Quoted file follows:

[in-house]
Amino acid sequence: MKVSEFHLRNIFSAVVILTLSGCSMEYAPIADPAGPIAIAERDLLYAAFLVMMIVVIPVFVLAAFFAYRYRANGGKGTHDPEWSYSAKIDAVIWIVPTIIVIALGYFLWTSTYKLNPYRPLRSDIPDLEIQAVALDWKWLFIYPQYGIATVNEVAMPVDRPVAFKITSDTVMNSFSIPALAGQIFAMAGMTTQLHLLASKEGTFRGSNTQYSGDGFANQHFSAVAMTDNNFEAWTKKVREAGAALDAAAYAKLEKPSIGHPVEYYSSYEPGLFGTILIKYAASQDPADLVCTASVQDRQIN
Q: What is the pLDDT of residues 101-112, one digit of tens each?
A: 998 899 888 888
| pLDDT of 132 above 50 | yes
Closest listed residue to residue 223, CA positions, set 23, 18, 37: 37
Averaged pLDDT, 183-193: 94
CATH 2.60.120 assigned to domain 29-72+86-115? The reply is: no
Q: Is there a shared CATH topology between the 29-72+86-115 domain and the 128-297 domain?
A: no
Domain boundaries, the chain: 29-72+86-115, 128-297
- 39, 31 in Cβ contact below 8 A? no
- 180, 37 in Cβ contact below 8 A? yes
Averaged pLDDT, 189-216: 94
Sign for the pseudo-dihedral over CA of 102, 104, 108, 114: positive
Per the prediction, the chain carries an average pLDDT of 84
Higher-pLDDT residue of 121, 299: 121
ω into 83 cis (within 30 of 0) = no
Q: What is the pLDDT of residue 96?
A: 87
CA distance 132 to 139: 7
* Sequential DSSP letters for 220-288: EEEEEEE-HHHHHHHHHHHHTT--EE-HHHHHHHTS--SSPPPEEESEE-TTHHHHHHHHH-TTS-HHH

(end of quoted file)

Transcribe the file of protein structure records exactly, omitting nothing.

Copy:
[in-house]
Amino acid sequence: MKVSEFHLRNIFSAVVILTLSGCSMEYAPIADPAGPIAIAERDLLYAAFLVMMIVVIPVFVLAAFFAYRYRANGGKGTHDPEWSYSAKIDAVIWIVPTIIVIALGYFLWTSTYKLNPYRPLRSDIPDLEIQAVALDWKWLFIYPQYGIATVNEVAMPVDRPVAFKITSDTVMNSFSIPALAGQIFAMAGMTTQLHLLASKEGTFRGSNTQYSGDGFANQHFSAVAMTDNNFEAWTKKVREAGAALDAAAYAKLEKPSIGHPVEYYSSYEPGLFGTILIKYAASQDPADLVCTASVQDRQIN
Q: What is the pLDDT of residues 101-112, one digit of tens each?
A: 998 899 888 888
| pLDDT of 132 above 50 | yes
Closest listed residue to residue 223, CA positions, set 23, 18, 37: 37
Averaged pLDDT, 183-193: 94
CATH 2.60.120 assigned to domain 29-72+86-115? The reply is: no
Q: Is there a shared CATH topology between the 29-72+86-115 domain and the 128-297 domain?
A: no
Domain boundaries, the chain: 29-72+86-115, 128-297
- 39, 31 in Cβ contact below 8 A? no
- 180, 37 in Cβ contact below 8 A? yes
Averaged pLDDT, 189-216: 94
Sign for the pseudo-dihedral over CA of 102, 104, 108, 114: positive
Per the prediction, the chain carries an average pLDDT of 84
Higher-pLDDT residue of 121, 299: 121
ω into 83 cis (within 30 of 0) = no
Q: What is the pLDDT of residue 96?
A: 87
CA distance 132 to 139: 7
* Sequential DSSP letters for 220-288: EEEEEEE-HHHHHHHHHHHHTT--EE-HHHHHHHTS--SSPPPEEESEE-TTHHHHHHHHH-TTS-HHH